4.25.2017

Revisiting an older camera with a brand new lens. Just right.


....and, at the opposite end of the Sony a9 "Halo" spectrum sits the often overlooked A7ii...

I've lately been a bit unconvinced that the Sony a9 is the greatest thing to hit the camera world since through the lens metering. I'm also starting to think that my disregard for that camera grows in proportion to the sheer number of "news" outlets, blogs and review sites participating in the "gush-fest." The all out barrage of reviews and articles, concentrated into a short period of time, seems almost disingenuous. Almost like Sony is trying too hard with their new model. The rush to review it also smells slightly of desperation as well. As if reviewers are so hungry to have a product to tout, and link to, that they've become little more than force multipliers for Sony.

While I am fairly sure that the a9 will be a nice camera and people will enjoy using it I am also fairly certain that it won't make people who buy it better photographers and it won't make their photographs any more interesting. Interesting photography generally only happen when one points a camera at something genuinely interesting. I am certain that the a9 will be an effective tool in aiding Sony's quest to pull more cash from people's credit card accounts. None of this has anything to do with what "pros" need or want. And none of this has to do with how much money it may (or may not) cost to switch systems.

So, this morning when the articles veered into an incomprehensible argument about the financial efficacy of switching entire systems I gave up reading everything and went looking for a camera that met my criteria; a comfortable and friendly camera to carry around. A daily user. A bargain. One that I already owned...

While I am still in awe at the amazingly detailed files achievable from the A7Rii and endlessly impressed with the 4K video performance of the RX10iii (and its remarkable lens) the most comfortable and usable camera in my small collection is my particular copy of the plain vanilla A7ii. It's a camera I bought used for around $1,000. There was some scuffery on the rear LCD panel which made it much less than minty but since I only use the LCD for menu setting it doesn't affect my use of the camera.

The A7ii is the bottom of the rung when it comes to the newer A7xx cameras. The 24 megapixel sensor, while not state of the art, was good enough for those zany folks at DXO to rate it a 90. The body is small and dense, just the way I like my cameras. The finder is adequate and external controls are nicely designed and placed for me. I've even made peace with the menus; in fact, I now find them almost logical.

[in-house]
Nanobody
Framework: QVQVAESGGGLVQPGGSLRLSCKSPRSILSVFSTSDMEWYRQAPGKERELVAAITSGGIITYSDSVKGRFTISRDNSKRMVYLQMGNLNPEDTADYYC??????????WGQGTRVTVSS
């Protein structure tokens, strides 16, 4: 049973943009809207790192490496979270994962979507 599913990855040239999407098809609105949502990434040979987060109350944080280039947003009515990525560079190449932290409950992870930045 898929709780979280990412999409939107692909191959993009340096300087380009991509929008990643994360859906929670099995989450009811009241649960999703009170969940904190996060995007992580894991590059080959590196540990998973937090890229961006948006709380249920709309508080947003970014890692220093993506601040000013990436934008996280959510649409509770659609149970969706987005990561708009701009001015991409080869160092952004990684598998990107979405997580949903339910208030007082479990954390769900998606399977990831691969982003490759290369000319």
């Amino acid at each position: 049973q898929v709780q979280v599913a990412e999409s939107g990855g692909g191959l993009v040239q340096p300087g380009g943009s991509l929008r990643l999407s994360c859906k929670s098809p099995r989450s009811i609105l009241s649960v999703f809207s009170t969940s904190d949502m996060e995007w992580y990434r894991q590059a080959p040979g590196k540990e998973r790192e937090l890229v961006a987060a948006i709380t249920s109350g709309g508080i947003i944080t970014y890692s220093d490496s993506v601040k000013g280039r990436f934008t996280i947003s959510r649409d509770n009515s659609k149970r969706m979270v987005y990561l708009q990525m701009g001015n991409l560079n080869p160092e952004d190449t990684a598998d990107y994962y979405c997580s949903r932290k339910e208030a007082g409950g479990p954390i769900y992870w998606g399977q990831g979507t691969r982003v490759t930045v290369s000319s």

The camera is the perfect size for me but it also works well with an added battery grip. And sometimes it's nice to go for the grip ... it's great to have a second battery in the mix to allow for more shooting time and less battery monitoring.

The camera does nothing very special at all. It just combines a good, high enough resolution capability with a very usable EVF and a workmanlike 1080p video function.

But it's the lack of perfection or high performance (or high cost) that endears the camera to me. I am not reticent to use it hard, to carry it with me everywhere and to use it on just about any job.
I use the Rii when I need ultimate performance and I use the RX10iii for killer video but I use the A7ii when I want to be comfortable and at home with the camera in my hand.

I've recently and slowly been putting together a pared down travel system based around the full frame A7ii. The first choice was the inexpensive FE 50mm f1.8. It's a really, really good lens with nice performance nearly wide open and excellent performance when it gets to f5.6. The next lens in the plan was one of my all time favorite focal lengths, the FE 85mm f1.8. It's a fabulous 85mm. I think I have a good handle on lenses around this focal length having owned, and extensively used, the original Canon 85mm f1.1.2, several variants of the Nikon 85mm f1.4, the Canon and Nikon 85mm f1.8 lenses, the Zeiss 85mm f1.4 for Nikon and other "mystical" lenses such as the Leica 80mm f1.4 Summilux R and the 90mm Summicron R and M.

The new, $600 Sony FE 85mm f1.8 is just great. Nicely sharp wide open and exquisitely sharp a couple of stops down.

That left only one slot to be filled and that was the focal length range between 24mm and 35mm. I have several zooms that cover those focal lengths but I was looking for a trim little system that would fit well in a small Domke camera bag to take on the road and in my mind that meant finding a small, sharp single focal length lens. A bonus would be a fast maximum aperture.

Sometimes I trust my intuition and sometimes my intuition waffles. I settled on the Sony FE 28mm f2.0 lens but waffled. I read a lot of reviews and then I decided not to procrastinate and I bought a new copy of that lens. It arrived yesterday and I'm smitten. It's small and light, fits well into the travel system, and is fast enough to work in just about any situation, in conjunction with the decent low light performance of the camera.